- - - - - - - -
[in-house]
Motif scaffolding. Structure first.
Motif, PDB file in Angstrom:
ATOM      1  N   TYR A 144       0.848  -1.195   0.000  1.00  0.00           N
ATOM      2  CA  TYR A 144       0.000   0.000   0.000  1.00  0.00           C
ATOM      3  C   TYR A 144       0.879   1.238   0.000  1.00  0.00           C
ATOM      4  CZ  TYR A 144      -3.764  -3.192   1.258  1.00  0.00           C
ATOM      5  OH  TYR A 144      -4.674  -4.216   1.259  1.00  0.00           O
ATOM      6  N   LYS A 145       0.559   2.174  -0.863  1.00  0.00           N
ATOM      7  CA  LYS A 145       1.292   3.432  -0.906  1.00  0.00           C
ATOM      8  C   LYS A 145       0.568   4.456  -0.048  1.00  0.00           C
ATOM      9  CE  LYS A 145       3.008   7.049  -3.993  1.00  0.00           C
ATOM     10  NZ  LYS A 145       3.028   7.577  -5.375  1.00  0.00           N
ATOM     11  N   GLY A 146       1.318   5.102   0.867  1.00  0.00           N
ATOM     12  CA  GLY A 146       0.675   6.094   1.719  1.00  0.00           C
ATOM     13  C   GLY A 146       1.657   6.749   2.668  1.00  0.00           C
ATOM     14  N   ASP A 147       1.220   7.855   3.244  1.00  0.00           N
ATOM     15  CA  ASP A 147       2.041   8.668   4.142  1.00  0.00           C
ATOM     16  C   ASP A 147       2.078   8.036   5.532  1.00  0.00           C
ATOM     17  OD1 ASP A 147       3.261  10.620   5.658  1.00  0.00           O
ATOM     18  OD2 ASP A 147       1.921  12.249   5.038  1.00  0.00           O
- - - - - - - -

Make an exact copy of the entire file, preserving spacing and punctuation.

[in-house]
Motif scaffolding. Structure first.
Motif, PDB file in Angstrom:
ATOM      1  N   TYR A 144       0.848  -1.195   0.000  1.00  0.00           N
ATOM      2  CA  TYR A 144       0.000   0.000   0.000  1.00  0.00           C
ATOM      3  C   TYR A 144       0.879   1.238   0.000  1.00  0.00           C
ATOM      4  CZ  TYR A 144      -3.764  -3.192   1.258  1.00  0.00           C
ATOM      5  OH  TYR A 144      -4.674  -4.216   1.259  1.00  0.00           O
ATOM      6  N   LYS A 145       0.559   2.174  -0.863  1.00  0.00           N
ATOM      7  CA  LYS A 145       1.292   3.432  -0.906  1.00  0.00           C
ATOM      8  C   LYS A 145       0.568   4.456  -0.048  1.00  0.00           C
ATOM      9  CE  LYS A 145       3.008   7.049  -3.993  1.00  0.00           C
ATOM     10  NZ  LYS A 145       3.028   7.577  -5.375  1.00  0.00           N
ATOM     11  N   GLY A 146       1.318   5.102   0.867  1.00  0.00           N
ATOM     12  CA  GLY A 146       0.675   6.094   1.719  1.00  0.00           C
ATOM     13  C   GLY A 146       1.657   6.749   2.668  1.00  0.00           C
ATOM     14  N   ASP A 147       1.220   7.855   3.244  1.00  0.00           N
ATOM     15  CA  ASP A 147       2.041   8.668   4.142  1.00  0.00           C
ATOM     16  C   ASP A 147       2.078   8.036   5.532  1.00  0.00           C
ATOM     17  OD1 ASP A 147       3.261  10.620   5.658  1.00  0.00           O
ATOM     18  OD2 ASP A 147       1.921  12.249   5.038  1.00  0.00           O